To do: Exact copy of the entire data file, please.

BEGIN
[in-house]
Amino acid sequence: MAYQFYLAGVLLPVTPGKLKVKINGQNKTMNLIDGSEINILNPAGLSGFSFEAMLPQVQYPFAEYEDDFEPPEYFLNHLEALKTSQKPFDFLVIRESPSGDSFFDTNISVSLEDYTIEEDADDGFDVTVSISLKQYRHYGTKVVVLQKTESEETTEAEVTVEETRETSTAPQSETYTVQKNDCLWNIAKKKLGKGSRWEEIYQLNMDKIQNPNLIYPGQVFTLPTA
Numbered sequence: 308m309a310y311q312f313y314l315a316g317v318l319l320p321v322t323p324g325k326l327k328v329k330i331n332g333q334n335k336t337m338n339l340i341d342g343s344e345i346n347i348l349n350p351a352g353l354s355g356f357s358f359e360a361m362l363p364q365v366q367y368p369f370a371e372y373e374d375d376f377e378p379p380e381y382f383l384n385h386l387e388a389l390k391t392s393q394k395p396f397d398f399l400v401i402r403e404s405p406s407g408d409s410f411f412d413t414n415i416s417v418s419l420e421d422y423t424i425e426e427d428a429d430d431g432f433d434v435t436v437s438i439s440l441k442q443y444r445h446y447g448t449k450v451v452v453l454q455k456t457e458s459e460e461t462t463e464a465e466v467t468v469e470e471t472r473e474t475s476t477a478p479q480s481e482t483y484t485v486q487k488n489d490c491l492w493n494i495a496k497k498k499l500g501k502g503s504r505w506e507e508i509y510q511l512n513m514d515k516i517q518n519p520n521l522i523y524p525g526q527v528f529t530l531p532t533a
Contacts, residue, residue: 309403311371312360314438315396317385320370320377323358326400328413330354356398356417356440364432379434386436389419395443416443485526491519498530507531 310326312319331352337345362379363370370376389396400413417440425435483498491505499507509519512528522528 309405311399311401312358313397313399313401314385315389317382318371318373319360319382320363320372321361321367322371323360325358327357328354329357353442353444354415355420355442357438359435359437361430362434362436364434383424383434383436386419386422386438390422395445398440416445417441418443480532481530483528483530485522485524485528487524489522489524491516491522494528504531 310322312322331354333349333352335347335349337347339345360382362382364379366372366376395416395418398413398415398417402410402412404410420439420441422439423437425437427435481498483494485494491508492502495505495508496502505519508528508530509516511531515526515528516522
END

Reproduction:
[in-house]
Amino acid sequence: MAYQFYLAGVLLPVTPGKLKVKINGQNKTMNLIDGSEINILNPAGLSGFSFEAMLPQVQYPFAEYEDDFEPPEYFLNHLEALKTSQKPFDFLVIRESPSGDSFFDTNISVSLEDYTIEEDADDGFDVTVSISLKQYRHYGTKVVVLQKTESEETTEAEVTVEETRETSTAPQSETYTVQKNDCLWNIAKKKLGKGSRWEEIYQLNMDKIQNPNLIYPGQVFTLPTA
Numbered sequence: 308m309a310y311q312f313y314l315a316g317v318l319l320p321v322t323p324g325k326l327k328v329k330i331n332g333q334n335k336t337m338n339l340i341d342g343s344e345i346n347i348l349n350p351a352g353l354s355g356f357s358f359e360a361m362l363p364q365v366q367y368p369f370a371e372y373e374d375d376f377e378p379p380e381y382f383l384n385h386l387e388a389l390k391t392s393q394k395p396f397d398f399l400v401i402r403e404s405p406s407g408d409s410f411f412d413t414n415i416s417v418s419l420e421d422y423t424i425e426e427d428a429d430d431g432f433d434v435t436v437s438i439s440l441k442q443y444r445h446y447g448t449k450v451v452v453l454q455k456t457e458s459e460e461t462t463e464a465e466v467t468v469e470e471t472r473e474t475s476t477a478p479q480s481e482t483y484t485v486q487k488n489d490c491l492w493n494i495a496k497k498k499l500g501k502g503s504r505w506e507e508i509y510q511l512n513m514d515k516i517q518n519p520n521l522i523y524p525g526q527v528f529t530l531p532t533a
Contacts, residue, residue: 309403311371312360314438315396317385320370320377323358326400328413330354356398356417356440364432379434386436389419395443416443485526491519498530507531 310326312319331352337345362379363370370376389396400413417440425435483498491505499507509519512528522528 309405311399311401312358313397313399313401314385315389317382318371318373319360319382320363320372321361321367322371323360325358327357328354329357353442353444354415355420355442357438359435359437361430362434362436364434383424383434383436386419386422386438390422395445398440416445417441418443480532481530483528483530485522485524485528487524489522489524491516491522494528504531 310322312322331354333349333352335347335349337347339345360382362382364379366372366376395416395418398413398415398417402410402412404410420439420441422439423437425437427435481498483494485494491508492502495505495508496502505519508528508530509516511531515526515528516522